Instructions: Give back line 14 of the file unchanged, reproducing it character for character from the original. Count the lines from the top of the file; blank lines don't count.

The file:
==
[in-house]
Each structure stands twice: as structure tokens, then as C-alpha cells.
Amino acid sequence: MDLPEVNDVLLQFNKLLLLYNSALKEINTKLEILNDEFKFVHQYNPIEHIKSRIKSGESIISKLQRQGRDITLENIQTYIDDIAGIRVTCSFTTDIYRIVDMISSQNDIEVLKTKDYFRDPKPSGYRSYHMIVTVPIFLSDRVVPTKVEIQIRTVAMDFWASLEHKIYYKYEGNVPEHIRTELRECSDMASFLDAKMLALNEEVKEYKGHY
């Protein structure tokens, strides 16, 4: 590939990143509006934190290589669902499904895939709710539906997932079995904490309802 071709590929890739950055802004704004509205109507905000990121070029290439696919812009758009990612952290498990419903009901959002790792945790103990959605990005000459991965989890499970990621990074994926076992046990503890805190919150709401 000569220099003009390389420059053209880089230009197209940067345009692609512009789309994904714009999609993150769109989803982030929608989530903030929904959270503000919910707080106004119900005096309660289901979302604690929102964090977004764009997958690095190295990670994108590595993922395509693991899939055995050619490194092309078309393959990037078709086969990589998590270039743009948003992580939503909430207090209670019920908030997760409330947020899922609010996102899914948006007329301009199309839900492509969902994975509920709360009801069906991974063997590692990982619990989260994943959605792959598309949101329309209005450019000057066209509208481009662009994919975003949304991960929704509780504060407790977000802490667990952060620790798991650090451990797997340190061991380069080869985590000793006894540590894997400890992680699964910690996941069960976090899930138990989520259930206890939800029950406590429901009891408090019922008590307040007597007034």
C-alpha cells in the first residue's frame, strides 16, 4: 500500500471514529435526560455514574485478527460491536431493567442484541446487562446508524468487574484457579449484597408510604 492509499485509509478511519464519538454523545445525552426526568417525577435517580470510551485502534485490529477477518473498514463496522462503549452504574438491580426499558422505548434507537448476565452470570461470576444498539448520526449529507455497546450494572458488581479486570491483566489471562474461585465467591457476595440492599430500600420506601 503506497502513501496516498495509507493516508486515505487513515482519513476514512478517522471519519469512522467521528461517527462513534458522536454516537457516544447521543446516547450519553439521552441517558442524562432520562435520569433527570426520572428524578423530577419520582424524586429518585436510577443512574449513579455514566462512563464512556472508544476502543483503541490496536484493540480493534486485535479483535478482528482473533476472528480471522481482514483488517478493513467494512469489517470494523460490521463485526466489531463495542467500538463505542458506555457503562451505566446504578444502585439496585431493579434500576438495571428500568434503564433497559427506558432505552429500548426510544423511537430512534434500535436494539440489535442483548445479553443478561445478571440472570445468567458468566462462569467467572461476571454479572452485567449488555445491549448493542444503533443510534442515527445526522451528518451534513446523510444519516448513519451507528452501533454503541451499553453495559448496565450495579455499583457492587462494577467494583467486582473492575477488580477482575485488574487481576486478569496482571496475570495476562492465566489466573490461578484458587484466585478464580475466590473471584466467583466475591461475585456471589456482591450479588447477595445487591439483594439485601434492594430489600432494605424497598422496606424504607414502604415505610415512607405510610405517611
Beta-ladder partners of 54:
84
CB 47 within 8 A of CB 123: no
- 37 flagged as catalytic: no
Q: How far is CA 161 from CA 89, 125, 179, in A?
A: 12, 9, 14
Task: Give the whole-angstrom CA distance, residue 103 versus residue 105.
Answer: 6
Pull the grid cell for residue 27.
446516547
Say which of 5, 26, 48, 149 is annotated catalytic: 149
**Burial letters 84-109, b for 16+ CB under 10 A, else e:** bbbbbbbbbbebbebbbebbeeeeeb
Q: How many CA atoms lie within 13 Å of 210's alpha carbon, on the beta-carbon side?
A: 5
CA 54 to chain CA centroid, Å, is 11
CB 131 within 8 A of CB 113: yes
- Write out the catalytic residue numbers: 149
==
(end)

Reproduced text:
Pull the grid cell for residue 27.